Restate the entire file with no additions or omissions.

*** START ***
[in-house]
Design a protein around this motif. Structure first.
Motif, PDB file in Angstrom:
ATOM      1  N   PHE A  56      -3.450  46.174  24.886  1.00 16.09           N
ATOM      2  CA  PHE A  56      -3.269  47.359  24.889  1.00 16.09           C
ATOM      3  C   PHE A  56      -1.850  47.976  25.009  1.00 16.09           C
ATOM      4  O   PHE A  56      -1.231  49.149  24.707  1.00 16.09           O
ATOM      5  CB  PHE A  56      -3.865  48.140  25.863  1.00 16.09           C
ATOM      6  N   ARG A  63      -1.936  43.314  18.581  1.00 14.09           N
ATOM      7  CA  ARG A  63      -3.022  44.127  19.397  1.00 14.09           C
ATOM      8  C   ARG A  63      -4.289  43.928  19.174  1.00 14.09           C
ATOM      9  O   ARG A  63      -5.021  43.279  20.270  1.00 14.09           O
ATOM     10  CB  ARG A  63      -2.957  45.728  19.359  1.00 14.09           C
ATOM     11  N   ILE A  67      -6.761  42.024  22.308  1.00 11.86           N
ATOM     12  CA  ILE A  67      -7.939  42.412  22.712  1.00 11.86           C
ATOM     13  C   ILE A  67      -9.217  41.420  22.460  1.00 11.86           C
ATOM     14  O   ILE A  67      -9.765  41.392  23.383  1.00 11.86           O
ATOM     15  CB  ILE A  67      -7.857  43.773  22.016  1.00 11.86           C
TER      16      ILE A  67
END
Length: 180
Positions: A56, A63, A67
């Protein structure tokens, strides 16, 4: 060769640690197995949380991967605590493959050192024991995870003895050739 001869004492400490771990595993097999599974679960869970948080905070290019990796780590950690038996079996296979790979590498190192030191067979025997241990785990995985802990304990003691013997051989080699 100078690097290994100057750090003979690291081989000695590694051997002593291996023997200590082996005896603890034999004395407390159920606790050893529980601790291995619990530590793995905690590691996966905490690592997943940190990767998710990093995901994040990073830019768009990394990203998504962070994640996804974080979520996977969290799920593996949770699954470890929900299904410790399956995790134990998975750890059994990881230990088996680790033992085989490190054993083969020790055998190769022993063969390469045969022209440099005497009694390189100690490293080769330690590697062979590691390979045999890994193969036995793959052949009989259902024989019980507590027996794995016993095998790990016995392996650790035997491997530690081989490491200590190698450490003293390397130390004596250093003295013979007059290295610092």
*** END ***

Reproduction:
[in-house]
Design a protein around this motif. Structure first.
Motif, PDB file in Angstrom:
ATOM      1  N   PHE A  56      -3.450  46.174  24.886  1.00 16.09           N
ATOM      2  CA  PHE A  56      -3.269  47.359  24.889  1.00 16.09           C
ATOM      3  C   PHE A  56      -1.850  47.976  25.009  1.00 16.09           C
ATOM      4  O   PHE A  56      -1.231  49.149  24.707  1.00 16.09           O
ATOM      5  CB  PHE A  56      -3.865  48.140  25.863  1.00 16.09           C
ATOM      6  N   ARG A  63      -1.936  43.314  18.581  1.00 14.09           N
ATOM      7  CA  ARG A  63      -3.022  44.127  19.397  1.00 14.09           C
ATOM      8  C   ARG A  63      -4.289  43.928  19.174  1.00 14.09           C
ATOM      9  O   ARG A  63      -5.021  43.279  20.270  1.00 14.09           O
ATOM     10  CB  ARG A  63      -2.957  45.728  19.359  1.00 14.09           C
ATOM     11  N   ILE A  67      -6.761  42.024  22.308  1.00 11.86           N
ATOM     12  CA  ILE A  67      -7.939  42.412  22.712  1.00 11.86           C
ATOM     13  C   ILE A  67      -9.217  41.420  22.460  1.00 11.86           C
ATOM     14  O   ILE A  67      -9.765  41.392  23.383  1.00 11.86           O
ATOM     15  CB  ILE A  67      -7.857  43.773  22.016  1.00 11.86           C
TER      16      ILE A  67
END
Length: 180
Positions: A56, A63, A67
């Protein structure tokens, strides 16, 4: 060769640690197995949380991967605590493959050192024991995870003895050739 001869004492400490771990595993097999599974679960869970948080905070290019990796780590950690038996079996296979790979590498190192030191067979025997241990785990995985802990304990003691013997051989080699 100078690097290994100057750090003979690291081989000695590694051997002593291996023997200590082996005896603890034999004395407390159920606790050893529980601790291995619990530590793995905690590691996966905490690592997943940190990767998710990093995901994040990073830019768009990394990203998504962070994640996804974080979520996977969290799920593996949770699954470890929900299904410790399956995790134990998975750890059994990881230990088996680790033992085989490190054993083969020790055998190769022993063969390469045969022209440099005497009694390189100690490293080769330690590697062979590691390979045999890994193969036995793959052949009989259902024989019980507590027996794995016993095998790990016995392996650790035997491997530690081989490491200590190698450490003293390397130390004596250093003295013979007059290295610092």